As for the Grand Départ, it’s just a dream to be here for my first Tour de France. Being part of this race was something I had always hoped for when I was growing up, and doing it with the rainbow jersey makes it even crazier. It doesn’t seem real. I try not to think too much about tomorrow. Maybe they will call me and be asked to start close to the front which will be nice because I will be already towards the front of the race but if they don’t, it is no big deal. I will always appreciate the feelings.
Step 1 could be one for me. It is a difficult stage but it depends a lot on how we are going up. For me the harder it is the better because maybe we can drop some of the sprinters but it’s far too early to think about the finish and what might happen in the final. All I want to focus on right now is lining up and turning the pedals.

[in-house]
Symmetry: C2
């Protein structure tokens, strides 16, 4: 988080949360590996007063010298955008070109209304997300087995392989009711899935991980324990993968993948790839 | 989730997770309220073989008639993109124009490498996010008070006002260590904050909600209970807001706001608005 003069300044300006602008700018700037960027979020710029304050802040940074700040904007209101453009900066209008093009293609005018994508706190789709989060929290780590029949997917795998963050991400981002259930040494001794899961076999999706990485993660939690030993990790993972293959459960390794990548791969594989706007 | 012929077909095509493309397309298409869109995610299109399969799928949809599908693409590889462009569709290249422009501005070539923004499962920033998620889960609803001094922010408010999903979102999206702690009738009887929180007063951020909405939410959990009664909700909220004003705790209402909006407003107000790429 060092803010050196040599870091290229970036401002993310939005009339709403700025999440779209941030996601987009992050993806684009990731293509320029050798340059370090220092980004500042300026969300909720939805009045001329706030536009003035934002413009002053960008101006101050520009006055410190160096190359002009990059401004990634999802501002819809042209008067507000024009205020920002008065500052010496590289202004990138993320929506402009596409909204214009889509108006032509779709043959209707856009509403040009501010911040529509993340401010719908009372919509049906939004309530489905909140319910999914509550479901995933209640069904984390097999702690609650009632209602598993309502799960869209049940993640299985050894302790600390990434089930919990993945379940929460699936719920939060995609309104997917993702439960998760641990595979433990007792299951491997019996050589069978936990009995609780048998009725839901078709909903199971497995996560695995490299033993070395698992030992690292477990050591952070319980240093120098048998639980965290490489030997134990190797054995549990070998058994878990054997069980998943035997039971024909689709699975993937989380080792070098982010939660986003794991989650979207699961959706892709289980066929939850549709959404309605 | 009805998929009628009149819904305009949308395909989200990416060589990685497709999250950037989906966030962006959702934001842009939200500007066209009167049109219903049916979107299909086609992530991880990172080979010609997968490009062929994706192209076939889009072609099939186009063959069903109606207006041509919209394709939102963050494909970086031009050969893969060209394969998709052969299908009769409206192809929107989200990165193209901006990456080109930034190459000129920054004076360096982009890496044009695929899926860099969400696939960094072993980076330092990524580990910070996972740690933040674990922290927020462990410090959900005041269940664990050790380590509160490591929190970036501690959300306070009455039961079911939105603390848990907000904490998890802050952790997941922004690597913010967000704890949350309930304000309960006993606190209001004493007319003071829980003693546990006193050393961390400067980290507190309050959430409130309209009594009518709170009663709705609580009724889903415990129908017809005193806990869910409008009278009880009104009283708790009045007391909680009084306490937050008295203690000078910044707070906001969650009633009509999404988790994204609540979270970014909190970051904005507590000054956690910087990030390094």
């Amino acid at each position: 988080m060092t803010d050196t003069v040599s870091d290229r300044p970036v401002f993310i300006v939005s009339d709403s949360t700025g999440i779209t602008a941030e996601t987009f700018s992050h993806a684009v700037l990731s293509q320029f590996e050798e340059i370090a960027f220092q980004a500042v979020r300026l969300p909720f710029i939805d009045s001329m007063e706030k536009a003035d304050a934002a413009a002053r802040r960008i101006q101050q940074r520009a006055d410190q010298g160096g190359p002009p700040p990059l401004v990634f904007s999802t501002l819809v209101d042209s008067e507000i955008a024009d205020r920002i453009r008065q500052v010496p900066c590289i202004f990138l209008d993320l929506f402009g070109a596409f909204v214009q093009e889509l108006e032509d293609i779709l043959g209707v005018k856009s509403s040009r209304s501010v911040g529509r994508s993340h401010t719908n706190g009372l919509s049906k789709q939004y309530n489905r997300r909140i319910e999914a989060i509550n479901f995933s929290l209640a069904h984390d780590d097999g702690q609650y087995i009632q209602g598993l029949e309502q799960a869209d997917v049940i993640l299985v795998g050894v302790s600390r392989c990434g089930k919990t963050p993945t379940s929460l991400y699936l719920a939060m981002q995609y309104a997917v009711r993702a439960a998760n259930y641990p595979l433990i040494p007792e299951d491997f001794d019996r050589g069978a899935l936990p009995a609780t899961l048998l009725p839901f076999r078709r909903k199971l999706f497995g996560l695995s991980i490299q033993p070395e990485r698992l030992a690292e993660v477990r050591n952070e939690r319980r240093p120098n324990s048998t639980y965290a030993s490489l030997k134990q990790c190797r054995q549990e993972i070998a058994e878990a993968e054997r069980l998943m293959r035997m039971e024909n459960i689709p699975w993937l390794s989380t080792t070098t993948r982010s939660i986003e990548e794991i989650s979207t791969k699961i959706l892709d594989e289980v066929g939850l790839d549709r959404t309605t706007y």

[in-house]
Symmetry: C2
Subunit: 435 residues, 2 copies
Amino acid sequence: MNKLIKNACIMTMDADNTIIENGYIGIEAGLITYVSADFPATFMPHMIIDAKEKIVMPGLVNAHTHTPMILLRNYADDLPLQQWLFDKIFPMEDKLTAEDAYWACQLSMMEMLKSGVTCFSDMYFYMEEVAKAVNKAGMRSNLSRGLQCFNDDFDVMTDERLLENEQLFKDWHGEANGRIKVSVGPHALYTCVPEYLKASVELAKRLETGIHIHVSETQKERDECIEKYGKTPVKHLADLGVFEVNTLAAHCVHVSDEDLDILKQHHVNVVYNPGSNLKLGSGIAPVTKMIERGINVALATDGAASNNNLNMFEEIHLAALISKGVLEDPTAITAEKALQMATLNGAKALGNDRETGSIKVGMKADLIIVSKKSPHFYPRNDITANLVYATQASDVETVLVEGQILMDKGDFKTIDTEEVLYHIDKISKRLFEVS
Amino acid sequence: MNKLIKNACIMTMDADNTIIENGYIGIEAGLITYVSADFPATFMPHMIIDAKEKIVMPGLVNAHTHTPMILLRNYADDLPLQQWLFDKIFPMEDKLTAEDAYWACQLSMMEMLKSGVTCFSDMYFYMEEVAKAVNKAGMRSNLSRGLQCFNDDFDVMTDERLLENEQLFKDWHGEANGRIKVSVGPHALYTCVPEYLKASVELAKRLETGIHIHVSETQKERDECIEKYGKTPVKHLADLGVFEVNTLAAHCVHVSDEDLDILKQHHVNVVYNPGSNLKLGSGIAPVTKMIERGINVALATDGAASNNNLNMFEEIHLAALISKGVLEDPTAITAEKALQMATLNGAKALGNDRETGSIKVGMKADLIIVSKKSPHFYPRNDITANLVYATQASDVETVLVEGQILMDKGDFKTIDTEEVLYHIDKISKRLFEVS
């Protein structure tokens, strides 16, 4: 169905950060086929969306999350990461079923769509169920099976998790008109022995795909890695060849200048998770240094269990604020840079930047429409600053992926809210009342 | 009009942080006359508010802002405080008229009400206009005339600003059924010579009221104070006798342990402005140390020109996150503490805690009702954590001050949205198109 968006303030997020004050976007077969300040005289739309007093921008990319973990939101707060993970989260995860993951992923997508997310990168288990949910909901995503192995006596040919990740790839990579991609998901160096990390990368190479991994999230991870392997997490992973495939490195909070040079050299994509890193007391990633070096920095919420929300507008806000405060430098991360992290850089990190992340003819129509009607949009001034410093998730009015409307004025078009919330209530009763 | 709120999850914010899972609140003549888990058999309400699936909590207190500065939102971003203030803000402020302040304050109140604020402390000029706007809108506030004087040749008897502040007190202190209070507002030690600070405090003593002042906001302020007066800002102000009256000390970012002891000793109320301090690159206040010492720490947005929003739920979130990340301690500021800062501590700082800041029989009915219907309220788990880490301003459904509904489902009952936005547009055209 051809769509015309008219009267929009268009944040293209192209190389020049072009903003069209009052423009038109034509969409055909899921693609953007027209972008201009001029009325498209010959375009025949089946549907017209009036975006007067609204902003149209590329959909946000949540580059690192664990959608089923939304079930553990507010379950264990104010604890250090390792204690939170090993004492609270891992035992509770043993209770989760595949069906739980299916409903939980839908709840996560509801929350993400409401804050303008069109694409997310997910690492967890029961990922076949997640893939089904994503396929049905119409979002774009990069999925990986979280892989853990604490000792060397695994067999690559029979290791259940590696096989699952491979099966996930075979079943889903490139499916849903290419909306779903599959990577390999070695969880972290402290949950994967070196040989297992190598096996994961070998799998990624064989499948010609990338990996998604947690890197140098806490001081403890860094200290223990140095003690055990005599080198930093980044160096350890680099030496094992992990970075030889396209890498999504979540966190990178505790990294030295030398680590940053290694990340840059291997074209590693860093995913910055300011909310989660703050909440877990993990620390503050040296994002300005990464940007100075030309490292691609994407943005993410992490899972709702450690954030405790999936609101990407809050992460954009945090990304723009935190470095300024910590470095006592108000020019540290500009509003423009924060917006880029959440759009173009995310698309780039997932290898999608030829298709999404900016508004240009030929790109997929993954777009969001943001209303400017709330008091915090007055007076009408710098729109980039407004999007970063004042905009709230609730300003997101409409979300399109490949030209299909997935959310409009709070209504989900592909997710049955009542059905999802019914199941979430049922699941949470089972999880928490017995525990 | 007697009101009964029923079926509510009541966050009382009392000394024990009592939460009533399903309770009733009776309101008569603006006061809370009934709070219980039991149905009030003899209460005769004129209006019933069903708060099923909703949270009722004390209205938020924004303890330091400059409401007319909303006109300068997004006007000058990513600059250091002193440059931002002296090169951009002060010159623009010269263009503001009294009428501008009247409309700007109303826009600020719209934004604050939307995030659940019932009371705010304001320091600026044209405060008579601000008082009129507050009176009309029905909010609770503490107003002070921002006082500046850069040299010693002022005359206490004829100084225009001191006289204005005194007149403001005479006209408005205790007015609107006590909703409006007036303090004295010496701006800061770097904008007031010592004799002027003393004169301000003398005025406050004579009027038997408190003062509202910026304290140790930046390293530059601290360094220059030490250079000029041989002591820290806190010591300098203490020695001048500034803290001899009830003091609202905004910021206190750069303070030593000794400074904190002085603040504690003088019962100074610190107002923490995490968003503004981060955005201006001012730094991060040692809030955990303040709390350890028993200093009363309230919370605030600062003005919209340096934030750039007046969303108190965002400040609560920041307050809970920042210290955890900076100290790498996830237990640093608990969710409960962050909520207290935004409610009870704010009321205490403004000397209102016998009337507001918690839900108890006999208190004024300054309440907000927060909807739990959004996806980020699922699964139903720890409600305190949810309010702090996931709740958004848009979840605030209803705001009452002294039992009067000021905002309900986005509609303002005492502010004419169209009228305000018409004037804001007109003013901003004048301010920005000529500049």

For step 2, just see how it goes. Maybe it’s just a little too hard for me on paper, but I wouldn’t want to rip it out of the book just yet. That’s the thing with a Grand Tour – every stage is an opportunity, if not for me, for one of my other teammates. If you start to skip the steps, you are immediately on the back foot. I also have a pretty important job when it comes to helping others. We have Richie [Porte] and Bauke [Mollema] in the squad and they’re both here for a good result in the GC. I will do my best to help him achieve this goal.
For the sprints we have Edward [Theuns], Jasper [Stuyven] and me. We’re all very strong, but I think we’re going to turn things around depending on who’s feeling good. In fact, we communicate very well with each other and we will share the work. We are not one of the great leaders, but we can choose our lines and our moments. With any luck we can do something special.
I am confident for the next few weeks. I did a good job at home and my stage victory in Poland showed that I am on the right track. I feel fresh and now all I have to do is find my road book. I think it’s there. Right under Niklas’ suitcase.